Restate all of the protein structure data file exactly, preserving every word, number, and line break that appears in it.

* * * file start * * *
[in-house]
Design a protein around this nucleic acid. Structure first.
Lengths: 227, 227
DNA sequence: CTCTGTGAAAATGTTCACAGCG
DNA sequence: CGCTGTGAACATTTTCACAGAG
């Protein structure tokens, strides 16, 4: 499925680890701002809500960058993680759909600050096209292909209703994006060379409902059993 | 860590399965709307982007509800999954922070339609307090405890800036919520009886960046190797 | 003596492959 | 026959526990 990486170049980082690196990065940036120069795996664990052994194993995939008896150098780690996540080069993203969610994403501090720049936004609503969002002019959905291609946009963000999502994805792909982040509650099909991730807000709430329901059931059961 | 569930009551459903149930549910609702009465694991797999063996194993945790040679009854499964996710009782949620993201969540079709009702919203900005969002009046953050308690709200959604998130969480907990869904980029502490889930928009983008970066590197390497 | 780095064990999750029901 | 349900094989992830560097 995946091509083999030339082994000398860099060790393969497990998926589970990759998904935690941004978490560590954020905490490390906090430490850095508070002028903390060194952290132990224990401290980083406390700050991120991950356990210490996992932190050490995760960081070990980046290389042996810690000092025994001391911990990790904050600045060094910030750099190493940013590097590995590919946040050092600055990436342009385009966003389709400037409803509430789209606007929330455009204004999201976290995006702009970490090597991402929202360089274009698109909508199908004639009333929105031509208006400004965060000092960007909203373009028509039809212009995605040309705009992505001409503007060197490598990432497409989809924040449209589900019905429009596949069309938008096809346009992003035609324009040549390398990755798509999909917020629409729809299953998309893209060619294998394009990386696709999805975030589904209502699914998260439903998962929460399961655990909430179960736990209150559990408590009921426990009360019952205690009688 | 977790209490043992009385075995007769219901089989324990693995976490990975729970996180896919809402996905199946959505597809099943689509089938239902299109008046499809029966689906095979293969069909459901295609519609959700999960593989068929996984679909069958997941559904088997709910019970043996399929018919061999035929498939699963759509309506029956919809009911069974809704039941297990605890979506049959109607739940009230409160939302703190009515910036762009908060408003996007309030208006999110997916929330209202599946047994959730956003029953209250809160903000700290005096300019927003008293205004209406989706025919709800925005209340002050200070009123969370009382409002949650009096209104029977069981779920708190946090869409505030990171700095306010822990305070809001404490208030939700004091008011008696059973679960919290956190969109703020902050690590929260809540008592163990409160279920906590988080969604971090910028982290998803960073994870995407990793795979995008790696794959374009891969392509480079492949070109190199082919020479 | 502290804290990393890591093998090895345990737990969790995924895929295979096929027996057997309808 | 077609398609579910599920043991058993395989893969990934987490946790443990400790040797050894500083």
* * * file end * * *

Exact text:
[in-house]
Design a protein around this nucleic acid. Structure first.
Lengths: 227, 227
DNA sequence: CTCTGTGAAAATGTTCACAGCG
DNA sequence: CGCTGTGAACATTTTCACAGAG
């Protein structure tokens, strides 16, 4: 499925680890701002809500960058993680759909600050096209292909209703994006060379409902059993 | 860590399965709307982007509800999954922070339609307090405890800036919520009886960046190797 | 003596492959 | 026959526990 990486170049980082690196990065940036120069795996664990052994194993995939008896150098780690996540080069993203969610994403501090720049936004609503969002002019959905291609946009963000999502994805792909982040509650099909991730807000709430329901059931059961 | 569930009551459903149930549910609702009465694991797999063996194993945790040679009854499964996710009782949620993201969540079709009702919203900005969002009046953050308690709200959604998130969480907990869904980029502490889930928009983008970066590197390497 | 780095064990999750029901 | 349900094989992830560097 995946091509083999030339082994000398860099060790393969497990998926589970990759998904935690941004978490560590954020905490490390906090430490850095508070002028903390060194952290132990224990401290980083406390700050991120991950356990210490996992932190050490995760960081070990980046290389042996810690000092025994001391911990990790904050600045060094910030750099190493940013590097590995590919946040050092600055990436342009385009966003389709400037409803509430789209606007929330455009204004999201976290995006702009970490090597991402929202360089274009698109909508199908004639009333929105031509208006400004965060000092960007909203373009028509039809212009995605040309705009992505001409503007060197490598990432497409989809924040449209589900019905429009596949069309938008096809346009992003035609324009040549390398990755798509999909917020629409729809299953998309893209060619294998394009990386696709999805975030589904209502699914998260439903998962929460399961655990909430179960736990209150559990408590009921426990009360019952205690009688 | 977790209490043992009385075995007769219901089989324990693995976490990975729970996180896919809402996905199946959505597809099943689509089938239902299109008046499809029966689906095979293969069909459901295609519609959700999960593989068929996984679909069958997941559904088997709910019970043996399929018919061999035929498939699963759509309506029956919809009911069974809704039941297990605890979506049959109607739940009230409160939302703190009515910036762009908060408003996007309030208006999110997916929330209202599946047994959730956003029953209250809160903000700290005096300019927003008293205004209406989706025919709800925005209340002050200070009123969370009382409002949650009096209104029977069981779920708190946090869409505030990171700095306010822990305070809001404490208030939700004091008011008696059973679960919290956190969109703020902050690590929260809540008592163990409160279920906590988080969604971090910028982290998803960073994870995407990793795979995008790696794959374009891969392509480079492949070109190199082919020479 | 502290804290990393890591093998090895345990737990969790995924895929295979096929027996057997309808 | 077609398609579910599920043991058993395989893969990934987490946790443990400790040797050894500083």